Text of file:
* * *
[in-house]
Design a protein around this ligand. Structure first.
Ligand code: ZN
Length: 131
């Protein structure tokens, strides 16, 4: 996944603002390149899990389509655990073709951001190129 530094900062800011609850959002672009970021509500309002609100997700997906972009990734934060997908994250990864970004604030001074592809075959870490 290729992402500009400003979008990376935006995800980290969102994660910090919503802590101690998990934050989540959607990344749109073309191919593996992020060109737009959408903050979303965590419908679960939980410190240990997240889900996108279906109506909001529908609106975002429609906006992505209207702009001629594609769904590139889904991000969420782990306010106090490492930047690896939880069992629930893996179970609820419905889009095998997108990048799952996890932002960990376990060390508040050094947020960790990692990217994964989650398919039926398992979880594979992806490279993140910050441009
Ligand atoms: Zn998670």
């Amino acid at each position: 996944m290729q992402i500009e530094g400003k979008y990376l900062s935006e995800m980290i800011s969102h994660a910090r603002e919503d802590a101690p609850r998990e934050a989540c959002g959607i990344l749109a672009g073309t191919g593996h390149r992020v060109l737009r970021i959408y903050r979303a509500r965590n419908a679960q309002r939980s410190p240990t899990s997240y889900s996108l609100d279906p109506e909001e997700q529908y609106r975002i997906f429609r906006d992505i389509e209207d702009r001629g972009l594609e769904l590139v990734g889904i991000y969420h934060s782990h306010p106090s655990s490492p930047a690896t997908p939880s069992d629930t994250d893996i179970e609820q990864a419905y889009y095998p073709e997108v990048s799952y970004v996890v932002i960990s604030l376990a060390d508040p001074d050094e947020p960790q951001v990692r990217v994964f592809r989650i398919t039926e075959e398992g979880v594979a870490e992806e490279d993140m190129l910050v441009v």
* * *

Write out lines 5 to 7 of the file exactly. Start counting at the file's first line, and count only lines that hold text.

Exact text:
């Protein structure tokens, strides 16, 4: 996944603002390149899990389509655990073709951001190129 530094900062800011609850959002672009970021509500309002609100997700997906972009990734934060997908994250990864970004604030001074592809075959870490 290729992402500009400003979008990376935006995800980290969102994660910090919503802590101690998990934050989540959607990344749109073309191919593996992020060109737009959408903050979303965590419908679960939980410190240990997240889900996108279906109506909001529908609106975002429609906006992505209207702009001629594609769904590139889904991000969420782990306010106090490492930047690896939880069992629930893996179970609820419905889009095998997108990048799952996890932002960990376990060390508040050094947020960790990692990217994964989650398919039926398992979880594979992806490279993140910050441009
Ligand atoms: Zn998670």
């Amino acid at each position: 996944m290729q992402i500009e530094g400003k979008y990376l900062s935006e995800m980290i800011s969102h994660a910090r603002e919503d802590a101690p609850r998990e934050a989540c959002g959607i990344l749109a672009g073309t191919g593996h390149r992020v060109l737009r970021i959408y903050r979303a509500r965590n419908a679960q309002r939980s410190p240990t899990s997240y889900s996108l609100d279906p109506e909001e997700q529908y609106r975002i997906f429609r906006d992505i389509e209207d702009r001629g972009l594609e769904l590139v990734g889904i991000y969420h934060s782990h306010p106090s655990s490492p930047a690896t997908p939880s069992d629930t994250d893996i179970e609820q990864a419905y889009y095998p073709e997108v990048s799952y970004v996890v932002i960990s604030l376990a060390d508040p001074d050094e947020p960790q951001v990692r990217v994964f592809r989650i398919t039926e075959e398992g979880v594979a870490e992806e490279d993140m190129l910050v441009v």